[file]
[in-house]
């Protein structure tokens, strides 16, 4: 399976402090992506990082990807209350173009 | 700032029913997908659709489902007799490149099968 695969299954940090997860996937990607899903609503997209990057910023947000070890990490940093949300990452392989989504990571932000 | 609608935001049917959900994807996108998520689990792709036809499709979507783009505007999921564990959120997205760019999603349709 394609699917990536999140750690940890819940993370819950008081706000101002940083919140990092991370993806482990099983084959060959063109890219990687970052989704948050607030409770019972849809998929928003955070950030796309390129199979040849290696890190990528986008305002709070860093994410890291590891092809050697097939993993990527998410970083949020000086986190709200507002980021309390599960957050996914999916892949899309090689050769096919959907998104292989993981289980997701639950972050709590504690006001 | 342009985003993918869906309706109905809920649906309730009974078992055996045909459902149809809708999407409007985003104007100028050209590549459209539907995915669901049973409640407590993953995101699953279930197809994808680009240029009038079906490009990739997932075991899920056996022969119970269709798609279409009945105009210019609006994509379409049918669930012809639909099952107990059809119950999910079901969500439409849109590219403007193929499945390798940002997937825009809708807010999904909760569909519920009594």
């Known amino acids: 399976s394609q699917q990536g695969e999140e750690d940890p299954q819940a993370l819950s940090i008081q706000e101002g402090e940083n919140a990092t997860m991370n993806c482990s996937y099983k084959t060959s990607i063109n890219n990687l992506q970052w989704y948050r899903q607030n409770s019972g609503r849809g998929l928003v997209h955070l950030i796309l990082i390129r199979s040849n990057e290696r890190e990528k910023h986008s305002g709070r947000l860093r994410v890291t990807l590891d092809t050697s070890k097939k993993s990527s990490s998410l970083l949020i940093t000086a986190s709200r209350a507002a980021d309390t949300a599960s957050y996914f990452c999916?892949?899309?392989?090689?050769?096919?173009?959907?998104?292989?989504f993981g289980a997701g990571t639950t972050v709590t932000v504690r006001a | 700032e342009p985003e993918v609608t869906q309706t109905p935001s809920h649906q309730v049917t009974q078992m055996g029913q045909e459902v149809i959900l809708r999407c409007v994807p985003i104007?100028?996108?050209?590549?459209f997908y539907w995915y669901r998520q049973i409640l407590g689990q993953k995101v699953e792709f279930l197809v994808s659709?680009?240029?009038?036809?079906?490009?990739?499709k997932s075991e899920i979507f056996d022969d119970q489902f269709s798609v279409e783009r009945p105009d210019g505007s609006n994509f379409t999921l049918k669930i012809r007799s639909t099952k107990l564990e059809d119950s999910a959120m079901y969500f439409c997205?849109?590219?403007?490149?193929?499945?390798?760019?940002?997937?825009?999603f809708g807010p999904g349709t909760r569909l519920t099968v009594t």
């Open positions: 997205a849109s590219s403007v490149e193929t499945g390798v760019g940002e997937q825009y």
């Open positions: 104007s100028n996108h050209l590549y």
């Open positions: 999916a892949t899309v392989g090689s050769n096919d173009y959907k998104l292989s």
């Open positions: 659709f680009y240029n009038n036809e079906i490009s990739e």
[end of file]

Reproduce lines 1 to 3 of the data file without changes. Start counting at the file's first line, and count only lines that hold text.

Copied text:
[in-house]
């Protein structure tokens, strides 16, 4: 399976402090992506990082990807209350173009 | 700032029913997908659709489902007799490149099968 695969299954940090997860996937990607899903609503997209990057910023947000070890990490940093949300990452392989989504990571932000 | 609608935001049917959900994807996108998520689990792709036809499709979507783009505007999921564990959120997205760019999603349709 394609699917990536999140750690940890819940993370819950008081706000101002940083919140990092991370993806482990099983084959060959063109890219990687970052989704948050607030409770019972849809998929928003955070950030796309390129199979040849290696890190990528986008305002709070860093994410890291590891092809050697097939993993990527998410970083949020000086986190709200507002980021309390599960957050996914999916892949899309090689050769096919959907998104292989993981289980997701639950972050709590504690006001 | 342009985003993918869906309706109905809920649906309730009974078992055996045909459902149809809708999407409007985003104007100028050209590549459209539907995915669901049973409640407590993953995101699953279930197809994808680009240029009038079906490009990739997932075991899920056996022969119970269709798609279409009945105009210019609006994509379409049918669930012809639909099952107990059809119950999910079901969500439409849109590219403007193929499945390798940002997937825009809708807010999904909760569909519920009594």
């Known amino acids: 399976s394609q699917q990536g695969e999140e750690d940890p299954q819940a993370l819950s940090i008081q706000e101002g402090e940083n919140a990092t997860m991370n993806c482990s996937y099983k084959t060959s990607i063109n890219n990687l992506q970052w989704y948050r899903q607030n409770s019972g609503r849809g998929l928003v997209h955070l950030i796309l990082i390129r199979s040849n990057e290696r890190e990528k910023h986008s305002g709070r947000l860093r994410v890291t990807l590891d092809t050697s070890k097939k993993s990527s990490s998410l970083l949020i940093t000086a986190s709200r209350a507002a980021d309390t949300a599960s957050y996914f990452c999916?892949?899309?392989?090689?050769?096919?173009?959907?998104?292989?989504f993981g289980a997701g990571t639950t972050v709590t932000v504690r006001a | 700032e342009p985003e993918v609608t869906q309706t109905p935001s809920h649906q309730v049917t009974q078992m055996g029913q045909e459902v149809i959900l809708r999407c409007v994807p985003i104007?100028?996108?050209?590549?459209f997908y539907w995915y669901r998520q049973i409640l407590g689990q993953k995101v699953e792709f279930l197809v994808s659709?680009?240029?009038?036809?079906?490009?990739?499709k997932s075991e899920i979507f056996d022969d119970q489902f269709s798609v279409e783009r009945p105009d210019g505007s609006n994509f379409t999921l049918k669930i012809r007799s639909t099952k107990l564990e059809d119950s999910a959120m079901y969500f439409c997205?849109?590219?403007?490149?193929?499945?390798?760019?940002?997937?825009?999603f809708g807010p999904g349709t909760r569909l519920t099968v009594t």